(Source: KVVU) A man visiting Las Vegas from North Wales jumped into the Hoover Dam and successfully swam from the Arizona side to the Nevada side.
HOOVER DAM (KVVU/MEREDITH) - A man visiting Las Vegas from North Wales jumped into the Hoover Dam and successfully swam from the Arizona side to the Nevada side.
“It’s a story we’ll tell for ages,” 28-year-old Arron Hughes said.
Hughes said he was visiting Las Vegas and the surrounding areas for a bachelor party.
“There was a lot of drinking,” Hughes said.
When Hughes and his crew of friends visited Lake Mead back in August, he recalled triple digit temperatures.
“It was hot, so I jumped in the water,” Hughes said.
Hughes said he scaled down the rocks in a restricted area, and took a dip on the Lake Mead side of the dam.
“As soon as I jumped in the water I thought: ‘I can make this,' so I decided I’m going for it.’”
It took Hughes about 45 minutes to swim from the Arizona side to the Nevada side. He was arrested and fined $330.
“This is the first time I’ve seen this,” Regional Special Agent for the Bureau of Reclamation Ian Canaan said. Canaan has worked in the bureau's Lower Colorado region, where the Hoover Dam is located, for two years.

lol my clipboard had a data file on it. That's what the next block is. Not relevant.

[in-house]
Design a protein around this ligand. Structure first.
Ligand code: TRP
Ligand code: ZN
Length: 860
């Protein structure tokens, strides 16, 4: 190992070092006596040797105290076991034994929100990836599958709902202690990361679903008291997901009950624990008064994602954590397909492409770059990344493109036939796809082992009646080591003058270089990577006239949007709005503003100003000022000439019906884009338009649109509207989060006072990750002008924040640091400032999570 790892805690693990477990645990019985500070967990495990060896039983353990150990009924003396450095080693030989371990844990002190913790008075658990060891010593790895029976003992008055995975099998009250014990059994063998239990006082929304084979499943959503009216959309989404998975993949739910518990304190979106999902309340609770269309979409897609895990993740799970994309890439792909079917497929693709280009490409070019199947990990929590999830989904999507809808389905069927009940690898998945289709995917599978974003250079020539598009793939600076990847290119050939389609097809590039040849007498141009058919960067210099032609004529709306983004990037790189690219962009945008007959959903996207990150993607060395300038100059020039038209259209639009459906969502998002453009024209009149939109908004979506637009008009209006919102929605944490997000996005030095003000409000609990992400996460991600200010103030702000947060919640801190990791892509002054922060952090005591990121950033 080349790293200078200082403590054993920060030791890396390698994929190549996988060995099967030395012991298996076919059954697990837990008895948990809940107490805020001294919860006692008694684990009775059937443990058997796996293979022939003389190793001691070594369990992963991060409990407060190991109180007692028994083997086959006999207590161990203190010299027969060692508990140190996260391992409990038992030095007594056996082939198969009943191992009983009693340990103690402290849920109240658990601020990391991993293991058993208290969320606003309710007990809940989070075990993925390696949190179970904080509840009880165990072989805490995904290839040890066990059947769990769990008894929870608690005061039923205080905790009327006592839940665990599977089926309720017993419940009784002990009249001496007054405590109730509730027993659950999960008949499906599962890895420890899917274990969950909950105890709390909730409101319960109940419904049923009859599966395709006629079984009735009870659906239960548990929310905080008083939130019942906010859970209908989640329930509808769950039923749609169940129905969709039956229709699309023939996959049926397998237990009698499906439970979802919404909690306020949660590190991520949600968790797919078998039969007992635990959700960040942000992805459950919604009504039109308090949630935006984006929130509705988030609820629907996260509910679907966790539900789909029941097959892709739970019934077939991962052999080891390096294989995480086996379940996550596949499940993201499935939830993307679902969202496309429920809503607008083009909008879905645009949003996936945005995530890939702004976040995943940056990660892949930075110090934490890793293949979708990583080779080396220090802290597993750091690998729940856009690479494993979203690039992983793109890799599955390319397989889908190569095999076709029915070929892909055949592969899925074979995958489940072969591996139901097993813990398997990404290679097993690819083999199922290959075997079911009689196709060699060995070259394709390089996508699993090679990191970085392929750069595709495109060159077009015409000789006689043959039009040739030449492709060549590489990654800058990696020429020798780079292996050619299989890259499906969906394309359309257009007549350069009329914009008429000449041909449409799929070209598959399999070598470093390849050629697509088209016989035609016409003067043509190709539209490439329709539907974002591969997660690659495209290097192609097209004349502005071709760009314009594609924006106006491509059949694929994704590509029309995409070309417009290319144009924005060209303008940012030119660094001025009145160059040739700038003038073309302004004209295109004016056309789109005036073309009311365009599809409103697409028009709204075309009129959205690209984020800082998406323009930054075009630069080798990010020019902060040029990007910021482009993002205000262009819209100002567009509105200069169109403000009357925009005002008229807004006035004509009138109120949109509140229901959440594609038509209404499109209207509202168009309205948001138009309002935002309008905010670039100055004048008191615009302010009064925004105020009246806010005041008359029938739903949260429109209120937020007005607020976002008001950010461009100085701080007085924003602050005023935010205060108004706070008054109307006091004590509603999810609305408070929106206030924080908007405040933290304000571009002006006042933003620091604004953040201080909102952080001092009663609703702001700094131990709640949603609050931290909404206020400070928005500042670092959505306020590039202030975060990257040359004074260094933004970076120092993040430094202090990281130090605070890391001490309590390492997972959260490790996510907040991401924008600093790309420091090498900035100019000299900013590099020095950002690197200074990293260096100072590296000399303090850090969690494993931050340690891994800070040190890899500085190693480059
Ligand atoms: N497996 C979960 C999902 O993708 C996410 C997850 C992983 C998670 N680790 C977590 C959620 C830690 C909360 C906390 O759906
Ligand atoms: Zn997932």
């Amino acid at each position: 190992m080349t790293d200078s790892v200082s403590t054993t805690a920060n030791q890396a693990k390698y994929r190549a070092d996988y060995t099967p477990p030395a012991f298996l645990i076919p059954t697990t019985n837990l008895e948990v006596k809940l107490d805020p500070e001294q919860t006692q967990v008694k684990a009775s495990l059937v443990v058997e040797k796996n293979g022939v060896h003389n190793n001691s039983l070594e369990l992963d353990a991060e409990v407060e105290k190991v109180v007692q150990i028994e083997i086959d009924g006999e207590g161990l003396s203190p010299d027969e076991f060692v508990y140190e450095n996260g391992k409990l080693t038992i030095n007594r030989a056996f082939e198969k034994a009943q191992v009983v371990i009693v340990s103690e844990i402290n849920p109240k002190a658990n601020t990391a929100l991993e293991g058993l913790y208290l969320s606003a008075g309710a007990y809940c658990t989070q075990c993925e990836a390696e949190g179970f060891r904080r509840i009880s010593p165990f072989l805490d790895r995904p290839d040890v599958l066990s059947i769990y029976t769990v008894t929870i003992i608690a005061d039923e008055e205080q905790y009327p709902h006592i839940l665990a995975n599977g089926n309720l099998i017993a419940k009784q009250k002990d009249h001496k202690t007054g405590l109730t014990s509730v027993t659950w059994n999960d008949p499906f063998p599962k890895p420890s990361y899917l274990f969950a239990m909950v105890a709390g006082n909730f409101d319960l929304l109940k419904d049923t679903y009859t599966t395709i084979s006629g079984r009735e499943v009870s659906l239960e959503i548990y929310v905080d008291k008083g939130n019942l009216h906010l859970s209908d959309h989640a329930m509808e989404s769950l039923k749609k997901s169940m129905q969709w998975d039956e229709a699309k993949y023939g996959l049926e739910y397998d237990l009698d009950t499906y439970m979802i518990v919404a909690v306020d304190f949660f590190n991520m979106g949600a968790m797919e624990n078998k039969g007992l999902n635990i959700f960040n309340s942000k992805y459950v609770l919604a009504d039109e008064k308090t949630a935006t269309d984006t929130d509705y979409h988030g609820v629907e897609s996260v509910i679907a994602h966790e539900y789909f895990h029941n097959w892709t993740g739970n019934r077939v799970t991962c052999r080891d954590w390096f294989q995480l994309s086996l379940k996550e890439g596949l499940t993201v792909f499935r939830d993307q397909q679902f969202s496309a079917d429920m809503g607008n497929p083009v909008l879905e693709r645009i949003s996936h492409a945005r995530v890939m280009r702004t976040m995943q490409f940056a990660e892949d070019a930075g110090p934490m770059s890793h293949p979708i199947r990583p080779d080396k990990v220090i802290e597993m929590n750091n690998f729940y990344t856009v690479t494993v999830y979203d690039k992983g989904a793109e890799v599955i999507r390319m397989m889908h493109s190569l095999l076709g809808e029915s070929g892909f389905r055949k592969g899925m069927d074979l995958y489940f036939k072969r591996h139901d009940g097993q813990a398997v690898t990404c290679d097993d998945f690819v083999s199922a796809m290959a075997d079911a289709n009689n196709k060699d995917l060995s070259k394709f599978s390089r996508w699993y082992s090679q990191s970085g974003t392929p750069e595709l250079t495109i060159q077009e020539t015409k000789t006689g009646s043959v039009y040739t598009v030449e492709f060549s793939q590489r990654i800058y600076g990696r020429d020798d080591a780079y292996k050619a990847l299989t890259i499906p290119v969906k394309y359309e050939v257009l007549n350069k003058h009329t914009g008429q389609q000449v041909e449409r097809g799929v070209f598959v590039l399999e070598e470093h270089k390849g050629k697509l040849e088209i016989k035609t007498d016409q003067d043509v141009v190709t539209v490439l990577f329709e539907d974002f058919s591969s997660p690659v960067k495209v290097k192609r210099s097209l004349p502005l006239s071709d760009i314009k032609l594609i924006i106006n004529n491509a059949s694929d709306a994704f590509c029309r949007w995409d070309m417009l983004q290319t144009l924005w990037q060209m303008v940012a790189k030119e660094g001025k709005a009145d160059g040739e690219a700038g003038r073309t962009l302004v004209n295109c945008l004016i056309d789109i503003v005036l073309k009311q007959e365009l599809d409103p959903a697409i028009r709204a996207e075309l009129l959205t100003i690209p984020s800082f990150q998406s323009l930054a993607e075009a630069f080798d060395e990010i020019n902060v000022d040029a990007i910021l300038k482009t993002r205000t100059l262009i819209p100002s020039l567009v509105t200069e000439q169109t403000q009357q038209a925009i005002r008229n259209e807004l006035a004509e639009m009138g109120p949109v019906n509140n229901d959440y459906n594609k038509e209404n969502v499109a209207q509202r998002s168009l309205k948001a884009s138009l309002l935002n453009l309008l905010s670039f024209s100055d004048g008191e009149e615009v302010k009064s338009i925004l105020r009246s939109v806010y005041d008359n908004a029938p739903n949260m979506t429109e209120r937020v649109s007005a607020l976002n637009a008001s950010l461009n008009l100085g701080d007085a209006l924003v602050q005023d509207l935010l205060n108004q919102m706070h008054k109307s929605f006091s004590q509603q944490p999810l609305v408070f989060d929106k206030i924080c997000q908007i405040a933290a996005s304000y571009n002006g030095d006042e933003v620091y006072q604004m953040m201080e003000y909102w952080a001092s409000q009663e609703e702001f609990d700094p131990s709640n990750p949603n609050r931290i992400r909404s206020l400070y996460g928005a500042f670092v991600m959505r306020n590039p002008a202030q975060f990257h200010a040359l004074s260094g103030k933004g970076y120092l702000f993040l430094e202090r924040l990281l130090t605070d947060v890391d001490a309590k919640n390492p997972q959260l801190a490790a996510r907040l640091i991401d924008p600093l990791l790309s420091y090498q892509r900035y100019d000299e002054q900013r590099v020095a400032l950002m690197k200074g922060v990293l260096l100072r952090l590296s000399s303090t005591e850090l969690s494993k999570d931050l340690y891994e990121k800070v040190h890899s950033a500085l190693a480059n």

“The people who have worked here for their entire lives don’t recall a time when someone swam across the top of the dam either,” Canaan said.
Canaan also explained the risks of swimming in restricted areas.
“We have no means of rescuing someone in an expeditious manner (in a restricted area),” Canaan said.
Canaan said the nearest safety boat is 30 minutes away from the restricted area where Hughes swam.
Canaan also said on an average summer day, there are 17 main turbines in the Hoover power plant working at full capacity.
“I can’t tell you at the surface, if there is a turbulence or water ,that would be anymore dangerous than anywhere else. But certainly those are the intake towers for all the generators at hoover dam,” Canaan said.
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